Friday, November 30, 2012

Don’t Believe the Hype: The Future of Guantanamo Bay

                No nation is perfect.  Every country has either a checkered past, a disgraceful present, or an ugly underbelly, although most have some combination of the three.  The United States is no exception.  With slavery, the brutal treatment of Native Americans, and the internment of Japanese-Americans during World War Two in the past, contemporary America looks pretty good.  This is not to say that there are not problems which should leave a bad taste in the mouth of patriots; the denial of equal rights to homosexuals certainly illustrates that point.  One issue which hurts the United States in terms of international standing does not technically exist in legal terms.  This refers to, of course, Guantanamo Bay.

            While America maintains a relatively kosher naval base on the bay, the controversy surrounding our nation’s presence there concerns the base’s detention center.  Established in 2002 to house detainees affiliated with terrorist groups in Iraq and Afghanistan, over seven hundred individuals have been held at the base, with the current population believed to be one hundred sixty-six.  While the detention center usually receives heavy criticism from the Democratic Party, that criticism does not translate into action.

            One of the more memorable promises from the 2008 presidential campaign saw then-Senator Obama pledge to close the extra-legal prison within a year of taking office.  As a visible and simple promise, the Democratic base rallied around the pledge, but the message apparently did not make it to Capitol Hill.  The Senate slipped an amendment into the Supplemental Appropriations Bill for 2009 which refused funding for the transfer of detainees at Guantanamo to federal prisons.  The amendment did not just pass, it passed convincingly, ninety “yea’s” versus six “nay’s”.   At the time of the vote, Democrats held fifty-seven of the ninety-nine seats (one seat, currently held by Democrat Al Franken, was empty due to disputed results of a special election).  Since amendments only need a simple majority to pass, Democrats could easily have stopped the amendment but choose not to at a startling margin. 

            This is relevant because a report by the Government Accountability Office was released by Senator Dianne Feinstein of California’s office on November 28 which stated that the prisoners currently held at Guantanamo could be safely transferred into the U.S. prison system.  Senator Feinstein, chairwoman of the Senate Intelligence Committee, trumpeted the report, stating that it “demonstrates that if the political will exists, we could finally close Guantanamo without imperiling our national security.”  This is curious, however, as Senator Feinstein voted in favor of the amendment in 2009 which blocked funding for the very same action she now champions.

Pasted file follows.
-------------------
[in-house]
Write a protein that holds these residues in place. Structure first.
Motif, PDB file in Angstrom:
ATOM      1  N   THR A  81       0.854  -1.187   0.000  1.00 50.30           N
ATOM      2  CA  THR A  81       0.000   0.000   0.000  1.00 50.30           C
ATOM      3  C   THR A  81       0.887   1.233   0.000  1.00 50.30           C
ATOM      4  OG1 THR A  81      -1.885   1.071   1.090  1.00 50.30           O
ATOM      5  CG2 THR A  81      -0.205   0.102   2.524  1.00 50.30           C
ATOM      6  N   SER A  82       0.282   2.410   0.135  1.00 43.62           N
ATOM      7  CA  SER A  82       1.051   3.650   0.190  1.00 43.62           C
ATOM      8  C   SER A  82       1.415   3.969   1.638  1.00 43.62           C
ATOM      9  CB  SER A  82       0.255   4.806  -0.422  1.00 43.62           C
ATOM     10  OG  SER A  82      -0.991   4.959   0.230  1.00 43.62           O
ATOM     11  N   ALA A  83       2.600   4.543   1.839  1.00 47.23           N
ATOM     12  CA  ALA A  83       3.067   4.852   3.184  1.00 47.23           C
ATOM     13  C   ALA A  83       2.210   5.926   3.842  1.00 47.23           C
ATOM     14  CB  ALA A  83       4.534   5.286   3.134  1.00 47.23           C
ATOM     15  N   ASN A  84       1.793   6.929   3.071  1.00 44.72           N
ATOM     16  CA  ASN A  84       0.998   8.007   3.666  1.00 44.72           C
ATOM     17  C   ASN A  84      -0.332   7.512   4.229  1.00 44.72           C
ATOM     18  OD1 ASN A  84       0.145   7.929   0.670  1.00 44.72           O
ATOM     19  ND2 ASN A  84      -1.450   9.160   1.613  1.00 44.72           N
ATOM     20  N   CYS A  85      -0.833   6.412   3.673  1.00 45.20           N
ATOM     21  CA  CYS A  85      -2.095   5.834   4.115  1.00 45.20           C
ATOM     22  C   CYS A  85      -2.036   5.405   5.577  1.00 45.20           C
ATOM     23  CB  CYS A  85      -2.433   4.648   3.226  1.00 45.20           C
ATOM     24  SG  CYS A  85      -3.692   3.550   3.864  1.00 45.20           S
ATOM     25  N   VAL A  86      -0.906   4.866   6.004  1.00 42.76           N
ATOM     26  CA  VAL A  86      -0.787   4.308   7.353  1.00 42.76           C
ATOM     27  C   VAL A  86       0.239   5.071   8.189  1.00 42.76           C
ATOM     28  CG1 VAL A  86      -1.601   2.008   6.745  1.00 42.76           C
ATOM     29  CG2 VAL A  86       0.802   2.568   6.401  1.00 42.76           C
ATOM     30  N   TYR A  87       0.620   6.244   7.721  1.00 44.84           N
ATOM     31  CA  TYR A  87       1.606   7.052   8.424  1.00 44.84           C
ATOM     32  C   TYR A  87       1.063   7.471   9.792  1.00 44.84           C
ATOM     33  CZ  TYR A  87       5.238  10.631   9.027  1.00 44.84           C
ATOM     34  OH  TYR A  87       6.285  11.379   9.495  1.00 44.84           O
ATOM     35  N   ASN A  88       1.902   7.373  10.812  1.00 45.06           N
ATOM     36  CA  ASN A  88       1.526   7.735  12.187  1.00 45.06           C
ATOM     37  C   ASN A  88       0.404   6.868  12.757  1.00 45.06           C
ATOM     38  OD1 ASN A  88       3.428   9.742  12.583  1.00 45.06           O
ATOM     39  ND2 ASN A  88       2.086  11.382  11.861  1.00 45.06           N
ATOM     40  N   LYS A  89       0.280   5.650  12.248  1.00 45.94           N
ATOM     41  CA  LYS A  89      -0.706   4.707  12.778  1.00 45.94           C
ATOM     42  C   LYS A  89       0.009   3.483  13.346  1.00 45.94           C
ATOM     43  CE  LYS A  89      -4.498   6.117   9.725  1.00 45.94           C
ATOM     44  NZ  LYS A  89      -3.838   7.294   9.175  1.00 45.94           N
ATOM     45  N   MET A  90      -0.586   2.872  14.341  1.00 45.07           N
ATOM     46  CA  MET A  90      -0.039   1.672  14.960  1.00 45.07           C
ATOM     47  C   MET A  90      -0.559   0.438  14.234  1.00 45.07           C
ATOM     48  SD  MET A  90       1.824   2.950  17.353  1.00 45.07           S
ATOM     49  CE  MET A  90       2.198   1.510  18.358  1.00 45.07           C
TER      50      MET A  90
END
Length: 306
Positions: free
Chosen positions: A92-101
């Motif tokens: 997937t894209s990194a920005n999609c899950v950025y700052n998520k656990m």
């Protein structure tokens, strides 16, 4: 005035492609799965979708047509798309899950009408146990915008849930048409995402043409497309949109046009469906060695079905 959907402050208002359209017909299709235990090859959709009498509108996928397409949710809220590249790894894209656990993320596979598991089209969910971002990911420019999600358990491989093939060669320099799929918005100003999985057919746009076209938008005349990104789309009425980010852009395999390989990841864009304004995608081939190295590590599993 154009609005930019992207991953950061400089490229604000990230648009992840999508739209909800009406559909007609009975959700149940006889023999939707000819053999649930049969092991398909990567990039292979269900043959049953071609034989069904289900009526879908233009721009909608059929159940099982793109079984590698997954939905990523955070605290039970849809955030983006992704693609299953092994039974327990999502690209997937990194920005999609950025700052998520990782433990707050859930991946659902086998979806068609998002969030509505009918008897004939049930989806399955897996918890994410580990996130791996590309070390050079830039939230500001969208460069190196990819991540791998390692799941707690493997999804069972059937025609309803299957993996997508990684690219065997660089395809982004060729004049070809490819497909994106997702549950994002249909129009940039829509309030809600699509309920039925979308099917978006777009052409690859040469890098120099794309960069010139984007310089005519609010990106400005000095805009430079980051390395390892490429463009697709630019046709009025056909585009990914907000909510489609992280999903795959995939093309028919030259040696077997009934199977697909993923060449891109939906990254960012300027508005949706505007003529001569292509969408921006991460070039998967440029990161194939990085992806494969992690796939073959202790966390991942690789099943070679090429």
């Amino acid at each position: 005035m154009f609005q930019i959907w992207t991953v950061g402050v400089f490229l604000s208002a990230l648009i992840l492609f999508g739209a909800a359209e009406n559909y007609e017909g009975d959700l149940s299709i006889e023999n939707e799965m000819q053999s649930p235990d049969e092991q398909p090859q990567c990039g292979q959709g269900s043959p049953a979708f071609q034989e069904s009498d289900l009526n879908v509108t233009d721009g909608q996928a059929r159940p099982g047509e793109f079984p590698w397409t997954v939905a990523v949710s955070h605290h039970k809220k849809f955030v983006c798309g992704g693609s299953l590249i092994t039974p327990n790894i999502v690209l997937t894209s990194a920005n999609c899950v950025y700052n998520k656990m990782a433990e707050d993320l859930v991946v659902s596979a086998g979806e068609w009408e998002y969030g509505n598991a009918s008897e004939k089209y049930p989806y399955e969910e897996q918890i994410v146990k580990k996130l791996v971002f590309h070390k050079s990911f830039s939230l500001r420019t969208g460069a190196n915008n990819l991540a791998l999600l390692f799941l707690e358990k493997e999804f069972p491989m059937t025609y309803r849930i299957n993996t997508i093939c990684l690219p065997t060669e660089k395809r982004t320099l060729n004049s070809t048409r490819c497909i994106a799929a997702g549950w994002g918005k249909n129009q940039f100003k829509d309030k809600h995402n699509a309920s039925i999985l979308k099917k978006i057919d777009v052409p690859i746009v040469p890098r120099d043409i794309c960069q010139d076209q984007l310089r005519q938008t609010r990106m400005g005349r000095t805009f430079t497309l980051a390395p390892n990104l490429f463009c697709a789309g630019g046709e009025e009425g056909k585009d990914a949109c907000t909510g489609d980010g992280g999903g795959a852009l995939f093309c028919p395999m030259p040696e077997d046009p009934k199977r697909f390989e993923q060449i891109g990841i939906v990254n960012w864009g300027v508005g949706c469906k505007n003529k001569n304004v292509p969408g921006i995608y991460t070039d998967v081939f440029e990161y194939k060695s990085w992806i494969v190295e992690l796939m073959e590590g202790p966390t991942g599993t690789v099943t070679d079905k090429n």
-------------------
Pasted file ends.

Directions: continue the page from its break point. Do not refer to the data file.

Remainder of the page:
Besides, waiting for the GAO report to come out to call for the closure of the detention center is just an act of political cowardice.  Any clear-headed individual should be able to reason that of course the federal prison system can absorb the Guantanamo detainees.  First off, one hundred sixty-six new inmates would represent seven-hundredths of a percent of the total federal prison population.  Secondly, while some claim that the presence of terror detainees in prisons on American soil would lead to increased risk of attack, this ignores the fact that the Bureau of Prisons reports that it already contains nearly one hundred inmates convicted of “national security” crimes.  There have been no attempted attacks on the facilities which house those individuals, nor have there been any attempted attacks on Guantanamo Bay, which would seem like a more preferable target. 

            Senator Feinstein’s statements and the release of the GAO report by her office are just for show.  The senator has continually voted for laws which prohibit the government from spending any money on the transfer of detainees (“yea” on the National Defense Authorization Act for Fiscal Year 2012 which included Section 1033 blocking such funds).  Until the members of Congress stop caring about the future of their seats more than the moral imperatives which supposedly guide our country, the Guantanamo Bay detention center will continue to operate and remain a pockmark on America’s international standing.


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